(view northeast, downstream)
With what satisfaction and relief Lewis must have written, on 8 August 1805: "The Indian woman [Sacagawea] recognized the point of a high plain to our right which she informed us was not very distant from the summer retreat of her nation on a river beyond the mountains which runs to the west." The Corps, reunited again, were traveling up today's Beaverhead River, and the landmark was Beaverhead Rock (near center of photo, about one-third from top). From the right perspective, in good light, and with a willing imagination, this prominent tilt of limestone is said to look like the head of a swimming beaver.
As welcome as Sacagawea's announcement was, it couldn't relieve all the men's frustrations. The going here was slow and frustrating. As Clark noted, "[The river] forms itself into smaller circular bends, which are so numerous that within the last fourteen miles we passed thirty-five of them." Worse yet, with the river at its late-summer lowest, the men had to drag the canoes over one gravelly riffle after another. Several days later Clark acknowledged, "[They] complain verry much of the emence labour they are obliged to undergo & wish much to leave the river," concluding cryptically, "I passify them."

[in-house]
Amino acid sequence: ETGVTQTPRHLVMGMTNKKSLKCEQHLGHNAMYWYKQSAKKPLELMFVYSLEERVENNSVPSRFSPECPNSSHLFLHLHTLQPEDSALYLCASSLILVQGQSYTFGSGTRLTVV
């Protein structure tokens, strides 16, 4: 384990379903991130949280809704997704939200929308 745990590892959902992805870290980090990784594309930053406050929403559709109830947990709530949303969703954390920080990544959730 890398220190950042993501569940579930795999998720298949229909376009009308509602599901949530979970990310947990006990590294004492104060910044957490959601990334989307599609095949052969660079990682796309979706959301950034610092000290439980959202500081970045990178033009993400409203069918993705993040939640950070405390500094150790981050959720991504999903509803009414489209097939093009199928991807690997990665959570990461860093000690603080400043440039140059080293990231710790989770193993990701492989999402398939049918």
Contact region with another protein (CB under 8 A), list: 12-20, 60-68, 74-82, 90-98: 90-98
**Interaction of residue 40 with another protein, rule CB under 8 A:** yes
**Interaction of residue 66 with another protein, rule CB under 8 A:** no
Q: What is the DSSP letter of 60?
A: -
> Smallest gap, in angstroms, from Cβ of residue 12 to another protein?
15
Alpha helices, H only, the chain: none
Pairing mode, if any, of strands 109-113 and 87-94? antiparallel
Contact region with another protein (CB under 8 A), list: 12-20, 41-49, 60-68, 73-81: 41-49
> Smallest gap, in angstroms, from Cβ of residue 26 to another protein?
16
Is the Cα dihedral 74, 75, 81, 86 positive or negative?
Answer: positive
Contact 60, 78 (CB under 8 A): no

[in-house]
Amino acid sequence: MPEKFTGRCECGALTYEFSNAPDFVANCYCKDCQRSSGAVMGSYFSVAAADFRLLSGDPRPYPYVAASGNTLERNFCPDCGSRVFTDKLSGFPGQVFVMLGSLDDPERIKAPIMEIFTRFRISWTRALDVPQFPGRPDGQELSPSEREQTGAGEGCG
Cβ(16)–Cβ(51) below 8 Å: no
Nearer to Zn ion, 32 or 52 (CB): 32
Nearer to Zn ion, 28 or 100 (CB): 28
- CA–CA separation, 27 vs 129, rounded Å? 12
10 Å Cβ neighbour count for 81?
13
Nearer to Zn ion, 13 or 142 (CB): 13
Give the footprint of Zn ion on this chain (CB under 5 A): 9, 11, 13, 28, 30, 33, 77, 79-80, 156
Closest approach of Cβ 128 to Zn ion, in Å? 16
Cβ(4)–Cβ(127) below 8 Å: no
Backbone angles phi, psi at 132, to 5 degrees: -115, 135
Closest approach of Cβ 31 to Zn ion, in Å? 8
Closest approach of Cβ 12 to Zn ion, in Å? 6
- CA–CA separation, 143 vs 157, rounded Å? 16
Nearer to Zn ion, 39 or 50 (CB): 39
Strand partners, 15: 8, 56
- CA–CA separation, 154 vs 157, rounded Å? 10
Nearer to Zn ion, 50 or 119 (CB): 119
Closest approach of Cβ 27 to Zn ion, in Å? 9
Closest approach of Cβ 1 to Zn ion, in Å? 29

Upon hearing Sacagawea's confirmation that her people were likely nearby, the expedition split up once more. Lewis took a small party overland to search out the Shoshones while Clark continued up the river.
The following July, the Beaverhead was somewhat deeper, and the return river trip was much easier than in 1805. The Corps averaged an estimated forty-seven miles a day for three and a half days.
From Discovering Lewis & Clark from the Air
Photography by Jim Wark
Text by Joseph Mussulman
Reproduced by permission of Mountain Press.